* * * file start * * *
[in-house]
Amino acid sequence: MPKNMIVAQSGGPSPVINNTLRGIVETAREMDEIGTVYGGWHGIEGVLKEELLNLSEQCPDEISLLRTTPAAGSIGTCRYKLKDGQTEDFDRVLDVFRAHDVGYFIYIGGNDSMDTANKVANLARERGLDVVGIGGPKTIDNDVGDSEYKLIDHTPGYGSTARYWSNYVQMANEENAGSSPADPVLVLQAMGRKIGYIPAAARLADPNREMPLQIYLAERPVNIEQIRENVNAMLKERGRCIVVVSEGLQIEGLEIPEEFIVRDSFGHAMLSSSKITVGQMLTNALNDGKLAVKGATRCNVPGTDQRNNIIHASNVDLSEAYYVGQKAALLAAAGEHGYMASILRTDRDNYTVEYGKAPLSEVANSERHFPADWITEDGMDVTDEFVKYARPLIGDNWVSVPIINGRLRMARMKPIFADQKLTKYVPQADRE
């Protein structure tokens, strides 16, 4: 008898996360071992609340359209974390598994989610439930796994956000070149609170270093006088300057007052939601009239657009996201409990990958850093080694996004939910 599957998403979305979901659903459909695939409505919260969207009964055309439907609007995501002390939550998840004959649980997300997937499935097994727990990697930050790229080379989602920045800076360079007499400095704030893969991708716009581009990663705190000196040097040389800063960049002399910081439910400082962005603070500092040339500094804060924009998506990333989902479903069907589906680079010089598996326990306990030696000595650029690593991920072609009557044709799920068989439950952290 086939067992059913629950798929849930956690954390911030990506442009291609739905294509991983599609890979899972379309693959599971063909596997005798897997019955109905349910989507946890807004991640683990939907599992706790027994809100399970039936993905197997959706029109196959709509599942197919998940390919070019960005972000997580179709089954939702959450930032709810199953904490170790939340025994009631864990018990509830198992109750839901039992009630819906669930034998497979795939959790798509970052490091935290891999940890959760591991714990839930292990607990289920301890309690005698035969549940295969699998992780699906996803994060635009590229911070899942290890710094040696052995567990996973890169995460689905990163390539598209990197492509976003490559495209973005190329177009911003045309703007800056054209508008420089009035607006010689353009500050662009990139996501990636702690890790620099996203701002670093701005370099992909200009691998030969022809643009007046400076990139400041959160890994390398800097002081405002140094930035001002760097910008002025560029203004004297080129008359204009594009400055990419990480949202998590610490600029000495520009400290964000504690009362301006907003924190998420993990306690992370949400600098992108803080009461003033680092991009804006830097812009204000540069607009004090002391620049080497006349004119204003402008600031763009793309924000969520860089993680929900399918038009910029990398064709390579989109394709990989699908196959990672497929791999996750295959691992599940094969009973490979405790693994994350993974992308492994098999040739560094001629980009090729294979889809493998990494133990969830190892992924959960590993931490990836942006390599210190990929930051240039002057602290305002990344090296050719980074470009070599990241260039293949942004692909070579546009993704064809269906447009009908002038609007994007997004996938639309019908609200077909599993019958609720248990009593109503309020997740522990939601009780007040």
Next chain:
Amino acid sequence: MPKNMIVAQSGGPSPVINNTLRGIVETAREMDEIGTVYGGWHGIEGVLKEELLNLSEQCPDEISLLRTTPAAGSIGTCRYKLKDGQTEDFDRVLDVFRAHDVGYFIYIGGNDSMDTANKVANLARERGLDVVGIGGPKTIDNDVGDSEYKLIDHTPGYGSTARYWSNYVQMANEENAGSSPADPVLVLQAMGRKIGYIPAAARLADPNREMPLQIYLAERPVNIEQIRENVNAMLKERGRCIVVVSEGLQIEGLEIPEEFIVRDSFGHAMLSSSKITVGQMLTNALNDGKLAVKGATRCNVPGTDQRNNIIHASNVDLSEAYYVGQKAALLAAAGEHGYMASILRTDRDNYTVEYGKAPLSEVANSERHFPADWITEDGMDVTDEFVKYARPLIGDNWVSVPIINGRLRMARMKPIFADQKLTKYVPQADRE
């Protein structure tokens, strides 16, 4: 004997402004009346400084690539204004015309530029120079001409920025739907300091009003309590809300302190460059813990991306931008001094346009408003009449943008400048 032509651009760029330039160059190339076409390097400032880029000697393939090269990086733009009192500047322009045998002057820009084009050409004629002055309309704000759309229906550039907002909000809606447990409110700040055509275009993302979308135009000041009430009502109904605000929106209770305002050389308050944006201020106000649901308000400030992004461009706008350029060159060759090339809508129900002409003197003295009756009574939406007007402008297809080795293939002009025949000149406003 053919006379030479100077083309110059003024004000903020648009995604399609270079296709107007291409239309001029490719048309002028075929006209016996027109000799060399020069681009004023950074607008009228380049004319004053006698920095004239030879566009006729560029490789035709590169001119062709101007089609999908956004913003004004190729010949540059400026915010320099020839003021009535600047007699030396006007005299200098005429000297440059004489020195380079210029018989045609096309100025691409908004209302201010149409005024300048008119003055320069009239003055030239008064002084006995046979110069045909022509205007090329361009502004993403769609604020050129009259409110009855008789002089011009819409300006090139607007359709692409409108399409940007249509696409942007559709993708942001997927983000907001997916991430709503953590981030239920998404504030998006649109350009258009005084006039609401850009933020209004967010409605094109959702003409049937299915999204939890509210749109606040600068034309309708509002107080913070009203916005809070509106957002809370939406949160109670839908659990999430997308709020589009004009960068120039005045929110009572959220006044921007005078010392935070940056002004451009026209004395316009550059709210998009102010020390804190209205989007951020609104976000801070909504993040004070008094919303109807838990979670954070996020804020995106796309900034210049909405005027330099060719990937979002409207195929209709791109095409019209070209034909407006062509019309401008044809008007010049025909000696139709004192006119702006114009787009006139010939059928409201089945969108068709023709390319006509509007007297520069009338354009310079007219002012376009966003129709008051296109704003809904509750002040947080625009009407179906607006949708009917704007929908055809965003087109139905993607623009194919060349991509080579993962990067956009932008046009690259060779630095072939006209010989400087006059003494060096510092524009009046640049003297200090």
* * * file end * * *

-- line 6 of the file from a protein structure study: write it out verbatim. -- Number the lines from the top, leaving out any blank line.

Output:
């Protein structure tokens, strides 16, 4: 004997402004009346400084690539204004015309530029120079001409920025739907300091009003309590809300302190460059813990991306931008001094346009408003009449943008400048 032509651009760029330039160059190339076409390097400032880029000697393939090269990086733009009192500047322009045998002057820009084009050409004629002055309309704000759309229906550039907002909000809606447990409110700040055509275009993302979308135009000041009430009502109904605000929106209770305002050389308050944006201020106000649901308000400030992004461009706008350029060159060759090339809508129900002409003197003295009756009574939406007007402008297809080795293939002009025949000149406003 053919006379030479100077083309110059003024004000903020648009995604399609270079296709107007291409239309001029490719048309002028075929006209016996027109000799060399020069681009004023950074607008009228380049004319004053006698920095004239030879566009006729560029490789035709590169001119062709101007089609999908956004913003004004190729010949540059400026915010320099020839003021009535600047007699030396006007005299200098005429000297440059004489020195380079210029018989045609096309100025691409908004209302201010149409005024300048008119003055320069009239003055030239008064002084006995046979110069045909022509205007090329361009502004993403769609604020050129009259409110009855008789002089011009819409300006090139607007359709692409409108399409940007249509696409942007559709993708942001997927983000907001997916991430709503953590981030239920998404504030998006649109350009258009005084006039609401850009933020209004967010409605094109959702003409049937299915999204939890509210749109606040600068034309309708509002107080913070009203916005809070509106957002809370939406949160109670839908659990999430997308709020589009004009960068120039005045929110009572959220006044921007005078010392935070940056002004451009026209004395316009550059709210998009102010020390804190209205989007951020609104976000801070909504993040004070008094919303109807838990979670954070996020804020995106796309900034210049909405005027330099060719990937979002409207195929209709791109095409019209070209034909407006062509019309401008044809008007010049025909000696139709004192006119702006114009787009006139010939059928409201089945969108068709023709390319006509509007007297520069009338354009310079007219002012376009966003129709008051296109704003809904509750002040947080625009009407179906607006949708009917704007929908055809965003087109139905993607623009194919060349991509080579993962990067956009932008046009690259060779630095072939006209010989400087006059003494060096510092524009009046640049003297200090």